Maloney's Wolverines listened, as did conference rival Ohio State. Each performed as well as any team in the event, defeating North Carolina, which entered the tournament ranked No. 6. Michigan also topped Georgia, previously the nation's No. 7 team.
"It's refreshing for guys like (Ohio State coach) Bob (Todd) and I to have success against great programs that have earned national recognition," Maloney said. "We feel like we have pretty good teams, too."
Senior center fielder Matt Butler proved the hero for Michigan. He delivered a two-run home run in the bottom of the ninth inning Saturday to beat Georgia 6-4 and an RBI single Sunday to beat North Carolina 1-0.
Butler took a congratulatory jog around Clark-LeClair Stadium, delivering high-fives to some of the East Carolina fans hanging out behind the outfield fence. They were chanting his name after cheering for the underdog against in-state rival North Carolina. (Arizona State's Colin Curtis took a "LeClair Leap" into the left-field wall to thank fans Friday after scoring the winning run against North Carolina.)
The Michigan players mobbed Butler at the plate following Saturday's heroics as if he just had helped the team win a conference title.
The victory was that significant for Michigan. It helped the Wolverines (5-2) finish their season-opening road trip with a winning record for the first time since the 1997 team started 8-4.
The Wolverines opened the tournament with a 2-1 loss to East Carolina, which scored the go-ahead run in the bottom of the eighth inning. They also won 4-1 at Florida Atlantic, a 9-4 team, to open the week for the school's first 3-0 start since 1995. A 17-12 loss Tuesday to St. John's broke the winning streak.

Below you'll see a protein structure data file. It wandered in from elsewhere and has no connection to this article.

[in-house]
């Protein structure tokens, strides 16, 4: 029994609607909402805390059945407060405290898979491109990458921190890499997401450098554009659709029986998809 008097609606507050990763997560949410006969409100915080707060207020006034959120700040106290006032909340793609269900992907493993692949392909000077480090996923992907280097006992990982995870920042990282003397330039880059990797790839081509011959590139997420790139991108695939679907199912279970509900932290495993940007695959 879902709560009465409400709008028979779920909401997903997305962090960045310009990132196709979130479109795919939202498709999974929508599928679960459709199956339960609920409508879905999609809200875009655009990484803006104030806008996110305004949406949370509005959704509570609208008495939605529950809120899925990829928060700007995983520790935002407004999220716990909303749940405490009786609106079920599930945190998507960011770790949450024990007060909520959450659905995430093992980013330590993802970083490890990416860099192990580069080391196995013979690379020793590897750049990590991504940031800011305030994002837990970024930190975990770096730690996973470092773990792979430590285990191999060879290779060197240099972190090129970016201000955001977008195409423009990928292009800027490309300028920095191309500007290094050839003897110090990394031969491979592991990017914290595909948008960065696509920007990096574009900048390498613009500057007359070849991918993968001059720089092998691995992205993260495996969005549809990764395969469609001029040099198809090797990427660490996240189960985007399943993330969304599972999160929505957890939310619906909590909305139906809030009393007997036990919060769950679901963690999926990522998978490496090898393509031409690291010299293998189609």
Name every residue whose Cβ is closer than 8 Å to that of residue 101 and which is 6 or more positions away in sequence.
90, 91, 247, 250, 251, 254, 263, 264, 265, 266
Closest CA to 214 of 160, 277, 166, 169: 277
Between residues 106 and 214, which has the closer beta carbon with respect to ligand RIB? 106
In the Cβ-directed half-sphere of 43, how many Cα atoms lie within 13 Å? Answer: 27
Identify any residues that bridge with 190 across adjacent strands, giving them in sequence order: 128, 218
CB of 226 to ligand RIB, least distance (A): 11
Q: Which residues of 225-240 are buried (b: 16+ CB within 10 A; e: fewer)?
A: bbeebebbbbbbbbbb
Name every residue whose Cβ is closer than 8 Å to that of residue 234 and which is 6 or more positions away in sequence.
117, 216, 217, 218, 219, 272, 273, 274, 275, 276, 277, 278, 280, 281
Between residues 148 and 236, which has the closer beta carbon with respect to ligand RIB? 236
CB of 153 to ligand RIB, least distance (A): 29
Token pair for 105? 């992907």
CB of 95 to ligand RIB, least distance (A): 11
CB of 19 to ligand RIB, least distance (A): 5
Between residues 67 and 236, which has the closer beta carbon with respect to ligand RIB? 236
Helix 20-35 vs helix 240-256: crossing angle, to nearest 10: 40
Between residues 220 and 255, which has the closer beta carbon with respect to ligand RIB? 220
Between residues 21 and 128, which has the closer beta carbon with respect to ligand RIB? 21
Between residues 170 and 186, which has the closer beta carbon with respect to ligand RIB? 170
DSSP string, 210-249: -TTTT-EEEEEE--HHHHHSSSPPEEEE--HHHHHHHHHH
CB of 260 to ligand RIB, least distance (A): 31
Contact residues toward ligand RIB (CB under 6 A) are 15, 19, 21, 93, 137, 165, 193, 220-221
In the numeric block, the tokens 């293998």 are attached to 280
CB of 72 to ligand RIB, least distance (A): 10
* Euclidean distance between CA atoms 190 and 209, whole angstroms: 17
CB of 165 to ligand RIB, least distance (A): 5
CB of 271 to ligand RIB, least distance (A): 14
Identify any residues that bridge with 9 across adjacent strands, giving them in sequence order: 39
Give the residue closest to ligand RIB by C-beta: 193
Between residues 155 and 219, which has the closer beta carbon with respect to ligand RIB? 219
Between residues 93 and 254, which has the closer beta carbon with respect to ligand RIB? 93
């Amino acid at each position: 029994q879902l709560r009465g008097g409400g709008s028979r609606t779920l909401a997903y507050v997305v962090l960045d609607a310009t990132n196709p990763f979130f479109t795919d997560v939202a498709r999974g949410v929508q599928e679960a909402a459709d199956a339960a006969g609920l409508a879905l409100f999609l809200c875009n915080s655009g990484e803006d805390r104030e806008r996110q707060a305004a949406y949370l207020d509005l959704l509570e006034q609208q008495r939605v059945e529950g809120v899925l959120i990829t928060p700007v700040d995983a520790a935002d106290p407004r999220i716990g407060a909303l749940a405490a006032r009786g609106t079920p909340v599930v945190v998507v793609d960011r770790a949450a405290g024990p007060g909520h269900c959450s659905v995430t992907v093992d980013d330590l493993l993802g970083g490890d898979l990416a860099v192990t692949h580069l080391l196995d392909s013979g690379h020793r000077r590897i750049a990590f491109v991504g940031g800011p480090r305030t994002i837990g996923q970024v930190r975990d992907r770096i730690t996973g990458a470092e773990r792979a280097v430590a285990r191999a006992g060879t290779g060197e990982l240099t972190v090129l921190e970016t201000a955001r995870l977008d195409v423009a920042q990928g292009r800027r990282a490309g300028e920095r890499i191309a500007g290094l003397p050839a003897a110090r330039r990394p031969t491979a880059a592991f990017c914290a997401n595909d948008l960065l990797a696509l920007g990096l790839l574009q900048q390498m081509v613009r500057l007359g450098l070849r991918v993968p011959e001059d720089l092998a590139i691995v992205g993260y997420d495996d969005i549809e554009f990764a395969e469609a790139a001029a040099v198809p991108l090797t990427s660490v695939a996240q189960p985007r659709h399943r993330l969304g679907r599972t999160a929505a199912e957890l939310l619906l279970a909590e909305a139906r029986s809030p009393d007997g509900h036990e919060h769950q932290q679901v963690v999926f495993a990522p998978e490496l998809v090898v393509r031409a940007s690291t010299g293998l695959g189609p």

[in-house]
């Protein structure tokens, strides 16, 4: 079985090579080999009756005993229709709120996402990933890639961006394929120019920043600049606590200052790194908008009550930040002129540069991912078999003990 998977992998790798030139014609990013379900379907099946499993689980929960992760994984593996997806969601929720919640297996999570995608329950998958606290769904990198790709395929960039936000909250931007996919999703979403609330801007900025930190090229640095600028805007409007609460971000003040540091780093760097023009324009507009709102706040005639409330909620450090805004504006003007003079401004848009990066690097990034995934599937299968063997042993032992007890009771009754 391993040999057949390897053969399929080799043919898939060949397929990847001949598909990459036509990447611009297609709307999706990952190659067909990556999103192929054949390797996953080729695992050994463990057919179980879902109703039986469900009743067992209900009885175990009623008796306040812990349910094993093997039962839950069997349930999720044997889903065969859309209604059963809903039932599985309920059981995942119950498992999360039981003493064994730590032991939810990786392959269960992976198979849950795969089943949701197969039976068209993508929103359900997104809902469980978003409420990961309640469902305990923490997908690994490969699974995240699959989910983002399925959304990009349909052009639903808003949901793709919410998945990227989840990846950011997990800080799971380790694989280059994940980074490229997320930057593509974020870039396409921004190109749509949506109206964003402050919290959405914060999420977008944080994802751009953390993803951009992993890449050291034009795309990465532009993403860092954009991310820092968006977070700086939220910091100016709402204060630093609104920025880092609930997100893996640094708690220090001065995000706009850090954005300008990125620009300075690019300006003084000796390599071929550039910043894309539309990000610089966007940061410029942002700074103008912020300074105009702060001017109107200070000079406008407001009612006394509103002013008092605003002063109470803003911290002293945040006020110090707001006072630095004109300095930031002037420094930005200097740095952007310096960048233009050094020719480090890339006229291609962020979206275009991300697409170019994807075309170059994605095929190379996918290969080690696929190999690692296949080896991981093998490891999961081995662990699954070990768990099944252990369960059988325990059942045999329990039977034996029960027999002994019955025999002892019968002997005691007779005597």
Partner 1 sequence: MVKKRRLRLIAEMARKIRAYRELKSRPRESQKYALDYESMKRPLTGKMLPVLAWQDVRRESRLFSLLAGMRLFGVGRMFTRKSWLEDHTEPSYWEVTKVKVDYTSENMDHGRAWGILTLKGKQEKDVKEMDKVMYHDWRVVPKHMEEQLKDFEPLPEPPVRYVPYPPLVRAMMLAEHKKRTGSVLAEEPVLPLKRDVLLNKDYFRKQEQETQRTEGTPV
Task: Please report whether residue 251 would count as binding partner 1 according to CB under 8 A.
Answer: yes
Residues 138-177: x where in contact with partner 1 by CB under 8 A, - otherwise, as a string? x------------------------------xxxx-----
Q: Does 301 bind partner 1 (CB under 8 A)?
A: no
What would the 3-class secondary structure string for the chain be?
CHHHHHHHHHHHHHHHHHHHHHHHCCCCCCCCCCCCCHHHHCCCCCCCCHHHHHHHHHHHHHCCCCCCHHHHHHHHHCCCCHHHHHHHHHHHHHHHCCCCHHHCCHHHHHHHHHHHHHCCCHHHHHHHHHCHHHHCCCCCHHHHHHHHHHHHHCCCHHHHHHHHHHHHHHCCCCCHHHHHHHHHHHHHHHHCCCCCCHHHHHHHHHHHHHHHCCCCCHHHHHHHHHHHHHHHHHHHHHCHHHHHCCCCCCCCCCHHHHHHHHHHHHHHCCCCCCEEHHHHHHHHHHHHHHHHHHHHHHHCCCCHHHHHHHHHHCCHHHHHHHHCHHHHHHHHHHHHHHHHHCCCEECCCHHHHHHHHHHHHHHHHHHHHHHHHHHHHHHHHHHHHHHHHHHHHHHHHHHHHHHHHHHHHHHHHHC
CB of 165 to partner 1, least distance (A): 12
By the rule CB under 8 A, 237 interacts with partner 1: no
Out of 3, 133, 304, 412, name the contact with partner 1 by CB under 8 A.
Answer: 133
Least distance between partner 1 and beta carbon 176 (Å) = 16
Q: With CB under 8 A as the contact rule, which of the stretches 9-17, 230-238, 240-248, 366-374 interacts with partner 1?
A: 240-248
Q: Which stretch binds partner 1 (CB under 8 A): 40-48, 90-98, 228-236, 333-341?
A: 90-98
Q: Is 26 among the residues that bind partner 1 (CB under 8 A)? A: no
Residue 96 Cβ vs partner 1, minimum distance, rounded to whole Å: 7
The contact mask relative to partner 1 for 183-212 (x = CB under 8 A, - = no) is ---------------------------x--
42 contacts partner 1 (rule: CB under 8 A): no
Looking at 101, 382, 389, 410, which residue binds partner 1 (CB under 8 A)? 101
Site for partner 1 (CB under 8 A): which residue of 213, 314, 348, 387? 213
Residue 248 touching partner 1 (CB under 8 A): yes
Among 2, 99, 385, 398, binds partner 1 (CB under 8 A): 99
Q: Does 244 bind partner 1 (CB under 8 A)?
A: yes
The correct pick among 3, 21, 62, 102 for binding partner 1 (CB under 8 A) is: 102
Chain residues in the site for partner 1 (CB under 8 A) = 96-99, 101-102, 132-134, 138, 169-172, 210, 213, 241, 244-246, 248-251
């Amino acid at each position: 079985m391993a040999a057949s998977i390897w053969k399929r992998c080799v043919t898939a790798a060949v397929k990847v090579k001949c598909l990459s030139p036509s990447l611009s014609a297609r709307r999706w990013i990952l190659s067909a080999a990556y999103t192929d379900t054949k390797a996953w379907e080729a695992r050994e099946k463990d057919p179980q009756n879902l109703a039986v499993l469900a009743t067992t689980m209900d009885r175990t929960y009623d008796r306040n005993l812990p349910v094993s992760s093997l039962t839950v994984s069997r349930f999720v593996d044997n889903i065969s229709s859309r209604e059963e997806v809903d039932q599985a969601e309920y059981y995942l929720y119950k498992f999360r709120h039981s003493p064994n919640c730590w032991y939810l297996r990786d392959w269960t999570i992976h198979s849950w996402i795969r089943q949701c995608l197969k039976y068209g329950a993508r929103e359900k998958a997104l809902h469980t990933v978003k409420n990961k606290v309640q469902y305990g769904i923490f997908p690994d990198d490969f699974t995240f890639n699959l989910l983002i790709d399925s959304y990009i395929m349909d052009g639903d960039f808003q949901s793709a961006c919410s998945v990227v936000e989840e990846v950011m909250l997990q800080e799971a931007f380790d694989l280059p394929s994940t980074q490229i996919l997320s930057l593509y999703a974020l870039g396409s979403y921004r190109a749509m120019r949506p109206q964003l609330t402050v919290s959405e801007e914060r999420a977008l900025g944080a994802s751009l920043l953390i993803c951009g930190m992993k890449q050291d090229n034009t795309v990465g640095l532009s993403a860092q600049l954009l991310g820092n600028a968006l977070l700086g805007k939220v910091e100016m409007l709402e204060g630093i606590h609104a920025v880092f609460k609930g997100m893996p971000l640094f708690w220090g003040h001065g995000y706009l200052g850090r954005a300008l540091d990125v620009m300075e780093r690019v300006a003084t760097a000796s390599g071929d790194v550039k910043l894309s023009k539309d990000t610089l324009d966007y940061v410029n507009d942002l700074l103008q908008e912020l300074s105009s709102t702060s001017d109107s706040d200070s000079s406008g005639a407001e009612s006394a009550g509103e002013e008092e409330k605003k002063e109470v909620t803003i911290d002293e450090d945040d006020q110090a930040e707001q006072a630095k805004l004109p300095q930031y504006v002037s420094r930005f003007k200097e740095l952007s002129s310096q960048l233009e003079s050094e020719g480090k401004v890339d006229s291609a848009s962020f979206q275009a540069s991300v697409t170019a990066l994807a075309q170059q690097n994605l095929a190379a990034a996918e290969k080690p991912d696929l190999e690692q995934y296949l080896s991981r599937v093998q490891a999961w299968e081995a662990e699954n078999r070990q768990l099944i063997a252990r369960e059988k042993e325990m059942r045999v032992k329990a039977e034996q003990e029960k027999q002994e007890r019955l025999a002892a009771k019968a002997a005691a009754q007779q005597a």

Pitching was a key factor in Michigan's success. Subtracting the nine earned runs over nine innings against St. John's, the Wolverines staff has posted a 2.55 ERA in the six games started by its weekend rotation of senior righthanders Michael Penn (1-1, 2.84) and Jim Brauer (1-0, 2.84) and junior righty Derek Feldkamp (1-0, 0.82). Fourteen pitchers have logged innings through seven games after it took 60 games for that many arms to see action a year ago.
"I said prior to the season that this is the most pitching depth of any staff I've ever coached, and I had some pretty good pitching staffs," said Maloney, who coached 2002 first-round picks Brian Bullington and Luke Hagerty at Ball State. "Those guys went out and proven that this weekend."
Ohio State earned a win against North Carolina and ace Daniel Bard by scoring twice in the first inning and holding on for a 2-1 win. The Buckeyes also came close Friday and Sunday, ending the 4-3 loss to Georgia with the tying run on base and falling to Arizona State 3-0.
The win came in the fourth game of the year for Ohio State, while the Tar Heels had played 10 already. Arizona State left the event with 21 games played, putting it more than a third of the way through its schedule.
“This is only the fourth time we’ve been outside since the fall, and all four have been games,” Ohio State coach Bob Todd said after Saturday’s win. “Obviously, I’m pleased with the way we played. Northern clubs are still behind a little bit. We’re not sure who our middle relief guys are. We don’t know who our definitive closer is going to be. And, we’ve started two totally different lineups in two games.”
No matter how early it is or how unsettled things might be for the Big 10 teams, the victories should go a long way for the league come tournament selection time.
“In RPI, it’s ‘who’d they beat in the top 25?’ ” said Todd, a former member of the Division I baseball committee. “It’s a pretty big deal for us and Michigan to do this right out of the gym.”